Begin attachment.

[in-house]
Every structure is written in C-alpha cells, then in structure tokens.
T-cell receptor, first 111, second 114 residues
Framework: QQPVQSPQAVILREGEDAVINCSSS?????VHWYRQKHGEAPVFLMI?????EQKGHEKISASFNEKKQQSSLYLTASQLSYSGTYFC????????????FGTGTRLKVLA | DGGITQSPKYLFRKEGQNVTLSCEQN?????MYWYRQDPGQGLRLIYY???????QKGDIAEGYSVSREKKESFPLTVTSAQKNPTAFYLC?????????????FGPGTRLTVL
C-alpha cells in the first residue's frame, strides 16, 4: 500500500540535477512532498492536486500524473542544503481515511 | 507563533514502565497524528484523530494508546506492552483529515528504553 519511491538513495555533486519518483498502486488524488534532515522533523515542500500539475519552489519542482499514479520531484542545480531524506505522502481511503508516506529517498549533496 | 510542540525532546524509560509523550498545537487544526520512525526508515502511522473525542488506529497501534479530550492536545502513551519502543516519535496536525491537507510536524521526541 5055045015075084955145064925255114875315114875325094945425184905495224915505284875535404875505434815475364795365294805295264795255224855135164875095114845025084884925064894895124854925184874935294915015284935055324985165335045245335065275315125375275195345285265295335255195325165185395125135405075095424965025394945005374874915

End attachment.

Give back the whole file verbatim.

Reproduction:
[in-house]
Every structure is written in C-alpha cells, then in structure tokens.
T-cell receptor, first 111, second 114 residues
Framework: QQPVQSPQAVILREGEDAVINCSSS?????VHWYRQKHGEAPVFLMI?????EQKGHEKISASFNEKKQQSSLYLTASQLSYSGTYFC????????????FGTGTRLKVLA | DGGITQSPKYLFRKEGQNVTLSCEQN?????MYWYRQDPGQGLRLIYY???????QKGDIAEGYSVSREKKESFPLTVTSAQKNPTAFYLC?????????????FGPGTRLTVL
C-alpha cells in the first residue's frame, strides 16, 4: 500500500540535477512532498492536486500524473542544503481515511 | 507563533514502565497524528484523530494508546506492552483529515528504553 519511491538513495555533486519518483498502486488524488534532515522533523515542500500539475519552489519542482499514479520531484542545480531524506505522502481511503508516506529517498549533496 | 510542540525532546524509560509523550498545537487544526520512525526508515502511522473525542488506529497501534479530550492536545502513551519502543516519535496536525491537507510536524521526541 5055045015075084955145064925255114875315114875325094945425184905495224915505284875535404875505434815475364795365294805295264795255224855135164875095114845025084884925064894895124854925184874935294915015284935055324985165335045245335065275315125375275195345285265295335255195325165185395125135405075095424965025394945005374874915